in China and Taiwan. However, the CEO DeFehr seems to be more familiar with Asian
countries and culture, as he has travelled and lived in Asia, than he is with Mexico. Doing
business in Mexico was not without risks due to lack of knowledge and/or experience, as the
company discovered over time, for example regarding the tax laws in Mexico and the
difficulties and extra costs associated with trucks crossing into the USA from Mexico.
Perhaps for DeFehr, had he been familiar with the Uppsala model, would have chosen China
over Mexico in 1998 for his production facility.
The fact that the company already has offices and contacts in China means that Palliser
already has a head start on the “advantage cycle” described by Johanson andVahlne (p21),
should he decide to start FDI in China. However, DeFehr should also be aware that opening a
plant in China “will change the power balance within the corporation”; presumably this is
why he insists that the Chinese operation would have to be a full-owned subsidiary and not a
The conclusion is that Palliser should go ahead with FDI in China.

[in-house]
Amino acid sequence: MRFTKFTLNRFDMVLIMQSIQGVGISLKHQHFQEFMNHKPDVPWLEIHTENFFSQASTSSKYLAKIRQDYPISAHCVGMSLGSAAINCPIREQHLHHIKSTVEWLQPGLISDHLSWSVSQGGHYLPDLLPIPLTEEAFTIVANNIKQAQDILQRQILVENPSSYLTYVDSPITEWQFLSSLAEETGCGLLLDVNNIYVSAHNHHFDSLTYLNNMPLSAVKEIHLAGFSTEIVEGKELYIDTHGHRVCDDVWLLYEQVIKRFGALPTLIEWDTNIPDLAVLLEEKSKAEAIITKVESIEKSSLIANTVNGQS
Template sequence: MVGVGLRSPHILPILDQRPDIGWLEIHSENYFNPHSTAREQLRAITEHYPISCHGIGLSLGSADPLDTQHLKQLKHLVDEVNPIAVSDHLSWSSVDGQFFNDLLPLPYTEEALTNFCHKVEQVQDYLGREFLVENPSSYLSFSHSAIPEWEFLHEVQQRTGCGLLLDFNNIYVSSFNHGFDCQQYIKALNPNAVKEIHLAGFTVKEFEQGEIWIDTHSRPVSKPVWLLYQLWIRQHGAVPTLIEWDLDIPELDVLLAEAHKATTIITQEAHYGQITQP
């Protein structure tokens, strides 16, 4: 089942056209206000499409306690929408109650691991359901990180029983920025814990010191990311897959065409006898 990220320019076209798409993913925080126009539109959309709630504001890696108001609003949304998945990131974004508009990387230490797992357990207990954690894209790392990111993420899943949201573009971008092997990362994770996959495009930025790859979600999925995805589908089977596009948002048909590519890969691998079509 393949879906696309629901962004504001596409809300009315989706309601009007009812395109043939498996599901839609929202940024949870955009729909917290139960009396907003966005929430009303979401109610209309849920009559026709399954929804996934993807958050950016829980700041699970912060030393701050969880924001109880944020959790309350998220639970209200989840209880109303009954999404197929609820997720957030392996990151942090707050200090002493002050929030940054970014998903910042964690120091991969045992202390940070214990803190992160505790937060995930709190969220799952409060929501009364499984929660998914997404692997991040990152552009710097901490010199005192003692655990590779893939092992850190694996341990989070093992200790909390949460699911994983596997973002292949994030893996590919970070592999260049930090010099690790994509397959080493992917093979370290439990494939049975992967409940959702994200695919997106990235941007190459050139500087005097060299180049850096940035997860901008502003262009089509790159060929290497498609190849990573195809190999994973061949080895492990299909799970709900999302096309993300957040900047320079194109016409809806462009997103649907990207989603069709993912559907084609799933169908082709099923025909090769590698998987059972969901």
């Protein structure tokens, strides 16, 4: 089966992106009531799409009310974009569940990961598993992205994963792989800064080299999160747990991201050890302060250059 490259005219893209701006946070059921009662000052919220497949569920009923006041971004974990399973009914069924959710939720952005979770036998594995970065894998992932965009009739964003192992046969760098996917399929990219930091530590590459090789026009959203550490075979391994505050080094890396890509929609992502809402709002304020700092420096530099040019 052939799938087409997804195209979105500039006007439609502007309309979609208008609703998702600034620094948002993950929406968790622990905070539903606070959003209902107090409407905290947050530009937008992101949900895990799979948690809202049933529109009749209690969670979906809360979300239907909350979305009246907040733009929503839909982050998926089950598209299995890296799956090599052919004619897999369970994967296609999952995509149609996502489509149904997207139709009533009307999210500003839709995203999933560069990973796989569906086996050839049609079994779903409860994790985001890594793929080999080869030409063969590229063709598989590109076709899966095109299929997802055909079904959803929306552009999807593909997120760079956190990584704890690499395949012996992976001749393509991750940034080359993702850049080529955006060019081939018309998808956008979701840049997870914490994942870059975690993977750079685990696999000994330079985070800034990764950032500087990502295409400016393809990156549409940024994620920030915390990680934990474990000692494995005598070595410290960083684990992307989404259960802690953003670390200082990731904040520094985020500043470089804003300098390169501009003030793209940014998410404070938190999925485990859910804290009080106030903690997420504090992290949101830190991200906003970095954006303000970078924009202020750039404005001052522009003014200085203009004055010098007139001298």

Internalization theory aims to explain why a multinational enterprise is more efficient when it
owns and controls firm-specific advantages, but admits that other methods of foreign
expansion are possible, such as joint ventures and licensing, and that these can even be more
advantageous depending on the situation.Rugman asserts that the two most important
deciding factors regarding FDI are country-based factors (country-specific advantages, CSAs)
and firm-specific advantages (FSAs). Rugman takes a critical view of the OLI paradigm and
points out that it is based only on perceived opportunities in host countries and does not
consider the home situation.
Palliser’s FSAs are its brand and its knowledge of and efficiency in designing and
manufacturing its furniture to create value. However there are many similar companies who
are able to compete with Palliser so we believe their FSAs are low according to Rugman’s
definition. The high CSAs of China are the cheaper manufacturing costs (including low
labour and material costs). Using Rugman’s matrix we can see that Palliser falls into cell 1
which means they should proceed with FDI.
DeFehr seems to be ambivalent about owning in China. On one hand he says that he does not
want to participate in a joint venture, he only wants to be the sole owner. On the other hand,
he is not sure if he feels comfortable owning anything in China.Based on the literature, we
advise him to go ahead with FDI in China.
Dunning, J. (2000). The Eclectic Paradigm as an Envelope for Economic and Business
Theories of MNE Activity, International Business Review, 9, 163-190
Johanson, J. &Vahlne, J-E. (1997) The Mechanism of Internationalization. International
Marketing Review, 7 (4): 11-24
Rugman, A. (2011) Reconciling internalization theory and the eclectic paradigm.
Multinational Business Review, 18 (1): 1-12.